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31 Kutipan Buku Maybe You Should Talk To Someone yang Mengena Hati

Fimela.com, Jakarta Maybe You Should Talk To Someone adalah sebuah buku yang diterbitkan di tahun 2019, oleh seorang psikoterapis bernama Lori Gottlieb. Buku ini memiliki isi dan tema yang sangat bagus, sehingga sempat menempati peringkat buku terlaris di Amazon, dan sering dibaca di Goodreads selama beberapa minggu.

Buku ini menceritakan tentang kisah Lori, setelah ia putus dengan pacarnya karena alasan yang tidak jelas. Lori bercerita, walaupun ia seorang psikoterapis namun ia tetap membutuhkan orang lain, untuk menolong kegalauannya dan sakit hati karena ditinggalkan orang yang dicintai. Bahkan Lori menceritakan kalau ia bekerja dengan tidak profesional karena terlalu sedih.

Lori juga menulis beberapa cerita tentang kisah pasiennya, yang membuat pembaca ikut terbawa emosinya. Dalam buku ini, pembaca bisa mendapatkan pandangan bahwa seorang psikoterapis juga membutuhkan pertolongan dan memiliki insecurity tersendiri, walaupun pekerjaan adalah untuk menolong orang lain.

Buku ini bisa membuat pembacanya menjadi lebih memahami perasaan orang lain, dan menyelesaikan masalah dengan kepala dingin, seperti yang dilakukan psikoterapis di buku Maybe You Should Talk To Someone. Lori juga menuliskan beberapa kutipan yang menginspirasi para pembacanya. Berikut kutipan buku Maybe You Should Talk To Someone karya Lory Gottlieb:

Kutipan Buku Maybe You Should Talk To Someone

1. We can’t have change without loss, which is why so often people say they want change but nonetheless stay exactly the same.

2. We tend to think that the future happens later, but we're creating it in our minds every day. When the present falls apart, so does the future we had associated with it. And having the future taken away is the mother of all plot twists.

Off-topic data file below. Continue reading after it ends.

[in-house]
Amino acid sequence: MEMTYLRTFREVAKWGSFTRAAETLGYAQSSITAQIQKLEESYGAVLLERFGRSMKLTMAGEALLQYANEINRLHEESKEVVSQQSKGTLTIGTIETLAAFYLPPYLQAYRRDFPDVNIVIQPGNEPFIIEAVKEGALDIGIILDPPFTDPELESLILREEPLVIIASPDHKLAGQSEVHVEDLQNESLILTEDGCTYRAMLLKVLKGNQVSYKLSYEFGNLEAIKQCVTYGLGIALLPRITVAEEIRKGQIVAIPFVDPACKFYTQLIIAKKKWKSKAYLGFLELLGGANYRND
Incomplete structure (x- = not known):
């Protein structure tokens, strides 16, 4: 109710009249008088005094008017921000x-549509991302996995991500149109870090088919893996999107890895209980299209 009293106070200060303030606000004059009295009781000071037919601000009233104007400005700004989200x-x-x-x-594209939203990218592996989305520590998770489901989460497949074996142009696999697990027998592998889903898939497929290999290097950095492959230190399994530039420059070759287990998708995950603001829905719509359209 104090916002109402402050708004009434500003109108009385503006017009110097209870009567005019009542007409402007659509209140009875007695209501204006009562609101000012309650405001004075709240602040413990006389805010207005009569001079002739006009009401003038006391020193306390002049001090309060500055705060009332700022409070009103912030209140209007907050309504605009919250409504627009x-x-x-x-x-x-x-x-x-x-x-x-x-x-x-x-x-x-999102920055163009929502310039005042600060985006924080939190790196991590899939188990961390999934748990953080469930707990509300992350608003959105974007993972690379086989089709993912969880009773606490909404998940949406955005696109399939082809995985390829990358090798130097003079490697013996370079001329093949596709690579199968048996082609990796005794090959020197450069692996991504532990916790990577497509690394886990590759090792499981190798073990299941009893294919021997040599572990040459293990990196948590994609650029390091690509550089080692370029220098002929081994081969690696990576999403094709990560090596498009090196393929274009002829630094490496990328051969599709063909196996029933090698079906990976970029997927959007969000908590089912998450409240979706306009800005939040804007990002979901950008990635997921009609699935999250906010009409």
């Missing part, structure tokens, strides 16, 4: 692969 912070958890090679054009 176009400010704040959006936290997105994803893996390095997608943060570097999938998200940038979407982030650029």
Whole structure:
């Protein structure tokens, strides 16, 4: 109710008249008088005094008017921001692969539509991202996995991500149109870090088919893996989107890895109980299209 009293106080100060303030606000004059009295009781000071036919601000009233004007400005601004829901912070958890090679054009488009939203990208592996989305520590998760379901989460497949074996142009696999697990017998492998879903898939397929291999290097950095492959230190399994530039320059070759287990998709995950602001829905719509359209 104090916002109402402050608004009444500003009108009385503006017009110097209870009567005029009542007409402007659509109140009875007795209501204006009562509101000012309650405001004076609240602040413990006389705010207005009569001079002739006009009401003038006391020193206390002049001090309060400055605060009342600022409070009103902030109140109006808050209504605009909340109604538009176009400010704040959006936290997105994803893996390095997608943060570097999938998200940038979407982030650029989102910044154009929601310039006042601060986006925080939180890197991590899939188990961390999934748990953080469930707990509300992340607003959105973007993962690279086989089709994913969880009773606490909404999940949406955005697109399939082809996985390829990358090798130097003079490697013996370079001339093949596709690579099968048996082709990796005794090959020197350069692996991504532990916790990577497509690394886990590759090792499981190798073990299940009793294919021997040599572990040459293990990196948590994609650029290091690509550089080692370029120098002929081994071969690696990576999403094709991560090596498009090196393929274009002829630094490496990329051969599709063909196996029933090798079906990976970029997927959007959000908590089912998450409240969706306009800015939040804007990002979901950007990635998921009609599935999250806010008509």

3. But part of getting to know yourself is to unknow yourself—to let go of the limiting stories you’ve told yourself about who you are so that you aren’t trapped by them, so you can live your life and not the story you’ve been telling yourself about your life.

4. There’s no hierarchy of pain. Suffering shouldn’t be ranked, because pain is not a contest.

5. Relationships in life don't really end, even if you never see the person again. Every person you've been close to lives on somewhere inside you. Your past lovers, your parents, your friends, people both alive and dead (symbolically or literally)--all of them evoke memories, conscious or not.

6. Between stimulus and response there is a space. In that space is our power to choose our response. In our response lies our growth and our freedom.

7. Follow your envy - it shows you what you want.

8. peace. it does not mean to be in a place where there is no noise, trouble, or hard work. it means to be in the midst of those things and still be calm in your heart.

9. Above all, I didn't want to fall into the trap that Buddhists call idiot compassion - an apt phrase, given John's worldview. In idiot compassion, you avoid rocking the boat to spare people's feelings, even though the boat needs rocking and your compassion ends up being more harmful than your honesty. People do this with teenagers, spouses, addicts, even themselves. Its opposite is wise compassion, which means caring about the person but also giving him or her a loving truth bomb when needed.

10. You can have compassion without forgiving. There are many ways to move on, and pretending to feel a certain way isn’t one of them.

Kutipan Buku Maybe You Should Talk To Someone

11. It’s impossible to get to know people deeply and not come to like them.

12. Don’t judge your feelings; notice them. Use them as your map. Don’t be afraid of the truth.

13. The inability to say no is largely about approval-seeking—people imagine that if they say no, they won’t be loved by others. The inability to say yes, however—to intimacy, a job opportunity, an alcohol program—is more about lack of trust in oneself. Will I mess this up? Will this turn out badly? Isn’t it safer to stay where I am?